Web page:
Perspectives 02.25.2021

Conversations with Colleagues: Michelle Rothman

Michelle is a Interior Designer at our Boston studio

This February, in honor of Black History Month, our Conversations with Colleagues series features staff perspectives on Black design.

"My mother and me."
Q: What drew you to the design profession, and what’s keeping you here?

A: As a child I had a love for design. Growing up, I was inspired by my mother’s love of interior design, although at the time I didn’t have a name for it. I remember coming home from school to find our home completely reorganized, and every season it seemed as though we had a new look. I just assumed that’s how everyone lived. Today, I get to give my clients the joy of a well-designed space, just as I had as a child. 

Q: What role does diversity, inclusion, and engagement play in the design profession at large?

A: We all have our cultural influences which play a role in how we see the world around us and how we design. Having a diverse background allows designers to bring a unique approach and style to their work that wouldn’t be possible otherwise. Without diversity in the workplace, I believe we would have “cookie cutter” spaces lacking uniqueness and creativity. 

At the Boston NOMA firm crawl.
The interiors material palette for Hubspot at Howard University, an HBCU.
Q: Describe a design project you’re working on right now, whether professional or personal, that you’re especially proud of—and why.

A: I’m very proud of our work for Hubspot. We worked on an extension of their corporate headquarters in Cambridge MA. Things went so well that wsoon renovated a second space across the street from the first project. Our third project for Hubspot was an office renovation in Portsmouth, NH. When an opportunity came to do a new Digital Practice Center at Howard University, a Historically Black College and University (HBCU). Hubspot immediately hired Perkins&Will for the project, and I’m so happy for the trust they have in my Perkins&Will team, and above all the positive impact it’s making at an HBCU like Howard University. I hope that these series of projects and experiences will lead to more positive things in the future.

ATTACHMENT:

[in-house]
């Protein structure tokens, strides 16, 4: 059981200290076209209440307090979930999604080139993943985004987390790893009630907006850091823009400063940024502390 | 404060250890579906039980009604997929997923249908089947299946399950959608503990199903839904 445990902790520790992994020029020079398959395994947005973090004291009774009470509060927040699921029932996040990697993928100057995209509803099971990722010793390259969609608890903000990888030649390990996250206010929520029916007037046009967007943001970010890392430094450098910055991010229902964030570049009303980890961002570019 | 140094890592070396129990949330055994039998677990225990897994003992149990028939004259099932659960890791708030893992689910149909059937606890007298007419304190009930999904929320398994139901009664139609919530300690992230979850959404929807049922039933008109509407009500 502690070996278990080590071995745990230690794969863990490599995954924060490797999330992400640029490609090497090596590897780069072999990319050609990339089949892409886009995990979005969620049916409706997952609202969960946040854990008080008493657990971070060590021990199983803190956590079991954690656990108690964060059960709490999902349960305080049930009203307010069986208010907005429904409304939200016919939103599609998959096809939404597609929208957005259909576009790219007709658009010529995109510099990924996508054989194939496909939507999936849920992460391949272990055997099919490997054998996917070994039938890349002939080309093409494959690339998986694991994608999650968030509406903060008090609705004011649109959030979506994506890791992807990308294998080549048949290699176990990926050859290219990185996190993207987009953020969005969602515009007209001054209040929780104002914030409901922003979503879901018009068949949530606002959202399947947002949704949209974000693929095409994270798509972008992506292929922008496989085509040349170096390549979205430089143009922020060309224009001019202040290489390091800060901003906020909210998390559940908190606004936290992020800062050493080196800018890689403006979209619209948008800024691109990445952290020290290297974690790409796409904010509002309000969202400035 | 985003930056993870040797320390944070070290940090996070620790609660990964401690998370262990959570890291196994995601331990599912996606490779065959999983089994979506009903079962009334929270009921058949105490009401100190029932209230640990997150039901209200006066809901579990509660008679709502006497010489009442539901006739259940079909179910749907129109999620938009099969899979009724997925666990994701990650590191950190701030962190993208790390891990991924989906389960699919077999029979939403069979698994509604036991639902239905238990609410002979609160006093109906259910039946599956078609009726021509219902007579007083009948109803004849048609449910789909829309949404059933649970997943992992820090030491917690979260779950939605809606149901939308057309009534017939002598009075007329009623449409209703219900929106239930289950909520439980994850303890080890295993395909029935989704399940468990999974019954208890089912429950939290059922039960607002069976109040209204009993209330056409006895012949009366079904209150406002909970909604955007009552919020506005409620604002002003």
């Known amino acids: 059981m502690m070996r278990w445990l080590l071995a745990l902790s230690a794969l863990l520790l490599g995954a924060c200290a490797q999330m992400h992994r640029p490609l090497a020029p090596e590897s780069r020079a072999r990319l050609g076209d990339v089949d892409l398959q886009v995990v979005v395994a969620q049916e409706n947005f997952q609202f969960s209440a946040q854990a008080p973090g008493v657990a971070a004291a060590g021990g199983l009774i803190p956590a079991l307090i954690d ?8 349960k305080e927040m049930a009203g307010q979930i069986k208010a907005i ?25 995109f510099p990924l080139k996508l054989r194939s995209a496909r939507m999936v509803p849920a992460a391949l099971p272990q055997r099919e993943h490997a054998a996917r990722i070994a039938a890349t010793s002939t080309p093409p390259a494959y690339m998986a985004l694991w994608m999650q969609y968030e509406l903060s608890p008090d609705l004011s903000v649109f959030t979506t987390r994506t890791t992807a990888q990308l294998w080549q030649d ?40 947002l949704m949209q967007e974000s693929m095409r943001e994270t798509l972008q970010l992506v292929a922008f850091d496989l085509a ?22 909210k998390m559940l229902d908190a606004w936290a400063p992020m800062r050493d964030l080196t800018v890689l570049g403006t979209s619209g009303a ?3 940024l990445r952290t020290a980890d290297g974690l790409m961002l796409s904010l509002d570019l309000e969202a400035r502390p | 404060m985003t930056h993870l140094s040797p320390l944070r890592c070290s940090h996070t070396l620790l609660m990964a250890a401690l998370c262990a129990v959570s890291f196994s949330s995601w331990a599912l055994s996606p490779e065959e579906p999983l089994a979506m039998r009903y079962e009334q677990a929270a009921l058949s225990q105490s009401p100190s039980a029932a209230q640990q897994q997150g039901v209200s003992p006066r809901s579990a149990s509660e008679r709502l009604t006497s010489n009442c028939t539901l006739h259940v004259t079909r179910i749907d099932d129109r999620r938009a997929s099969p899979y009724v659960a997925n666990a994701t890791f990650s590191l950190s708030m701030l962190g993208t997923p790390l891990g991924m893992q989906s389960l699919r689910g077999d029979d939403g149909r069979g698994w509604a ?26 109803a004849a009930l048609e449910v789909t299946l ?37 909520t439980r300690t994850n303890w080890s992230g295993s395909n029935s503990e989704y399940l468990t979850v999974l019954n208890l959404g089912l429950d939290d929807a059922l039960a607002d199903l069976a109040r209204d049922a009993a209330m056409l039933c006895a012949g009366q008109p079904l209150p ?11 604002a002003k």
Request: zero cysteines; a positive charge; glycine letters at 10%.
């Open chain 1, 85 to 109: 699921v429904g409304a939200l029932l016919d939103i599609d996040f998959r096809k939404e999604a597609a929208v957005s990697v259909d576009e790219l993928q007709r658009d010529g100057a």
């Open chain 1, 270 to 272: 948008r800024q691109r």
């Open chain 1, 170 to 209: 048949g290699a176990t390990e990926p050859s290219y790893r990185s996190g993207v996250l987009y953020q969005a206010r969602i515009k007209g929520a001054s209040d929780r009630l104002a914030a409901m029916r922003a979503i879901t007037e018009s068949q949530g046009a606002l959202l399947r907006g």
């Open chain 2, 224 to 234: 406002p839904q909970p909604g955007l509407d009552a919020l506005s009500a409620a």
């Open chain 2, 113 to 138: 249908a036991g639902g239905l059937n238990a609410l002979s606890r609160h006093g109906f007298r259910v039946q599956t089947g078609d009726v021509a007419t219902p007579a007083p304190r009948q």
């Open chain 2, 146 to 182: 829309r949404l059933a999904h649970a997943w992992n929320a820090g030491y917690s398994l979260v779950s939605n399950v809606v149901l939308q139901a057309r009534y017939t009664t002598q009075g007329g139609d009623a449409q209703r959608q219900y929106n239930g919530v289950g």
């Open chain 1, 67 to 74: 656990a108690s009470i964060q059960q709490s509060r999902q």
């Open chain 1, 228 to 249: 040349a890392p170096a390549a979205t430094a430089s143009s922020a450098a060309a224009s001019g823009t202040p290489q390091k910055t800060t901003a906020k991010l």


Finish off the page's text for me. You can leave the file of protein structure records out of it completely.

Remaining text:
Q: As a leader in the design industry, what steps do you take to expand professional design opportunities to members of the Black community?

A: When it came time to choose my career, I did not see anyone or know anyone who looked like me in the profession. It would have been inspiring to know other interior design professionals of color who did what I aspired to do. Therefore, it’s important for me to inspire and motivate young designers of color, and hopefully help them see what this profession has to offer. Over the years, I’m seeing more and more people of color entering the design community, and that makes me very optimistic for the future.  

Presenting at the Brentwood Union Free School District career fair in New York.
Q: In what ways do you think our firm stands apart from other firms as far as diversity, inclusion, and engagement go—and how has our firm enabled you to thrive as a professional?

A: What I noticed most when I interviewed at Perkins&Will was the number of women in the firm, and this strongly influenced my decision to accept my offer here. Perkins&Will has a reputation for being a well-balanced place, not only in the sense of diversity but work-life balance and social purpose. I think that because of this, our designs are consistently recognized as being of the highest quality on the market. I hope to continue to inspire younger designers to enter this incredible and continually growing profession.